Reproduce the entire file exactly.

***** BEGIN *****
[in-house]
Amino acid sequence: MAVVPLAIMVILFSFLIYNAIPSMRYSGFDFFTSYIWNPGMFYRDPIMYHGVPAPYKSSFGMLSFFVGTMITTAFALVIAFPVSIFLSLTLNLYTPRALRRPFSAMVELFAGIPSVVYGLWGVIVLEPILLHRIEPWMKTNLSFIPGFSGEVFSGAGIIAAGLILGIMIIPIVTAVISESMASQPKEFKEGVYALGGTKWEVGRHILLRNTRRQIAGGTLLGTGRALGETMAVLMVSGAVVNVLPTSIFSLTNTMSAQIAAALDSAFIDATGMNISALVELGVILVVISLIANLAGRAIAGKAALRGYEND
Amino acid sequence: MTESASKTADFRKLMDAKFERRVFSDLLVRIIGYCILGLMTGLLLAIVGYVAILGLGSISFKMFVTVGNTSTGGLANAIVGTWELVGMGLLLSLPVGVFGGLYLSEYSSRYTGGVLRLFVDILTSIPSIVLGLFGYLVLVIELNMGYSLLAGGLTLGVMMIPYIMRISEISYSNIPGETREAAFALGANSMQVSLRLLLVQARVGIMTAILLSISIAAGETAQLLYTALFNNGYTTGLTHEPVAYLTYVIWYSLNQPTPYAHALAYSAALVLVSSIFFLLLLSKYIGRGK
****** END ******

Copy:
[in-house]
Amino acid sequence: MAVVPLAIMVILFSFLIYNAIPSMRYSGFDFFTSYIWNPGMFYRDPIMYHGVPAPYKSSFGMLSFFVGTMITTAFALVIAFPVSIFLSLTLNLYTPRALRRPFSAMVELFAGIPSVVYGLWGVIVLEPILLHRIEPWMKTNLSFIPGFSGEVFSGAGIIAAGLILGIMIIPIVTAVISESMASQPKEFKEGVYALGGTKWEVGRHILLRNTRRQIAGGTLLGTGRALGETMAVLMVSGAVVNVLPTSIFSLTNTMSAQIAAALDSAFIDATGMNISALVELGVILVVISLIANLAGRAIAGKAALRGYEND
Amino acid sequence: MTESASKTADFRKLMDAKFERRVFSDLLVRIIGYCILGLMTGLLLAIVGYVAILGLGSISFKMFVTVGNTSTGGLANAIVGTWELVGMGLLLSLPVGVFGGLYLSEYSSRYTGGVLRLFVDILTSIPSIVLGLFGYLVLVIELNMGYSLLAGGLTLGVMMIPYIMRISEISYSNIPGETREAAFALGANSMQVSLRLLLVQARVGIMTAILLSISIAAGETAQLLYTALFNNGYTTGLTHEPVAYLTYVIWYSLNQPTPYAHALAYSAALVLVSSIFFLLLLSKYIGRGK